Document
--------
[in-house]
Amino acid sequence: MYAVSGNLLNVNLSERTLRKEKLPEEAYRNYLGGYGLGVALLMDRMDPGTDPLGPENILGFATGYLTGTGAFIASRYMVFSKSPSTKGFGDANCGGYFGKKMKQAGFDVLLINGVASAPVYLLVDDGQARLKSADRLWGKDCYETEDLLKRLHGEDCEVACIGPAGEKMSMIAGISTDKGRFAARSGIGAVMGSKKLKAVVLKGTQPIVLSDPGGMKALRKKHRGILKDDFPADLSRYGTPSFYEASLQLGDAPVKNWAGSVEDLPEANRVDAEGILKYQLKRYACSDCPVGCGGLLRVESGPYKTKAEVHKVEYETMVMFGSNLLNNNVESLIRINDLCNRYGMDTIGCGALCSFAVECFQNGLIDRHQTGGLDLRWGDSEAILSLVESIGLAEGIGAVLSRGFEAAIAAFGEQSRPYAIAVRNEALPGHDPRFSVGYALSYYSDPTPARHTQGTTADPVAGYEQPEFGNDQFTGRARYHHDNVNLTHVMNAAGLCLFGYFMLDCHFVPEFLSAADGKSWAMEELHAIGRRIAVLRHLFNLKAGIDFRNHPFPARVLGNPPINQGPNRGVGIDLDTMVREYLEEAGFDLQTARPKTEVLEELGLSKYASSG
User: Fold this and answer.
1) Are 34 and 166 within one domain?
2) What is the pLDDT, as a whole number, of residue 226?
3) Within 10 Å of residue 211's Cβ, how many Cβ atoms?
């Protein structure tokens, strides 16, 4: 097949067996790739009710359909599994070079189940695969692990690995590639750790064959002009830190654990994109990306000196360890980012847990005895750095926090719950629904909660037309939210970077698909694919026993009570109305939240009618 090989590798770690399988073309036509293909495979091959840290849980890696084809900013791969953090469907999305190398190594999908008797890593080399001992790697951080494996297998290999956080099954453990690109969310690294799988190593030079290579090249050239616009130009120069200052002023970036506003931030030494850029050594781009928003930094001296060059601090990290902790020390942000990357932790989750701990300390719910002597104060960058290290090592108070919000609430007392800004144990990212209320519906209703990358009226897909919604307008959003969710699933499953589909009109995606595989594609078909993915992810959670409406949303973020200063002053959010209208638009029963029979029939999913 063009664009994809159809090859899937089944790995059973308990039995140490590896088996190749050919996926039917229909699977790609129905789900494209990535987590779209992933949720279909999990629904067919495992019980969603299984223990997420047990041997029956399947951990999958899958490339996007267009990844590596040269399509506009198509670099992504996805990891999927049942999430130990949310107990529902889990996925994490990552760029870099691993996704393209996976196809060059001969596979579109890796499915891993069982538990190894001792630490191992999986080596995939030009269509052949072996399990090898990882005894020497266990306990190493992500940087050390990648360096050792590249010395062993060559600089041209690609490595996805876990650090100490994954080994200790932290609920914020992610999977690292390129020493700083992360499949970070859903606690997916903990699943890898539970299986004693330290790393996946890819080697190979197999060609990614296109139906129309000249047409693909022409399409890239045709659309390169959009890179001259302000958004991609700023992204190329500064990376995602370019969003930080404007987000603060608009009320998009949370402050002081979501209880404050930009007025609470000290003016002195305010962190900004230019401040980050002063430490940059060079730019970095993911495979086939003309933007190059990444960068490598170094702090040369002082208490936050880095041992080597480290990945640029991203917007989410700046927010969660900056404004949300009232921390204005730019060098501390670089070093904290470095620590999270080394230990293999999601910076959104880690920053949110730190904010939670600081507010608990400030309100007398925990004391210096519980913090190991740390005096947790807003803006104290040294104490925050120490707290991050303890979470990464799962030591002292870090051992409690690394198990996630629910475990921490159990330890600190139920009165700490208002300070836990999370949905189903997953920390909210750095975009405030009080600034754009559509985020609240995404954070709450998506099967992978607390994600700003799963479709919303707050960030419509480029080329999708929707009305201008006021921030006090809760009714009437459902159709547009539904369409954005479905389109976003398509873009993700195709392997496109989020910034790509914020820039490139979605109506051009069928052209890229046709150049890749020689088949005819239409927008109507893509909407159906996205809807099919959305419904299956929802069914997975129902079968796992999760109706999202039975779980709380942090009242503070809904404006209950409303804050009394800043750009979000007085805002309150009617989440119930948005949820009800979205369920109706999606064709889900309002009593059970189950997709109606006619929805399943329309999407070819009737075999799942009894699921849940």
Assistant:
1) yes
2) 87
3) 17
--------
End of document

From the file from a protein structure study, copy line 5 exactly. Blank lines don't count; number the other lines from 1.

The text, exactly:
2) What is the pLDDT, as a whole number, of residue 226?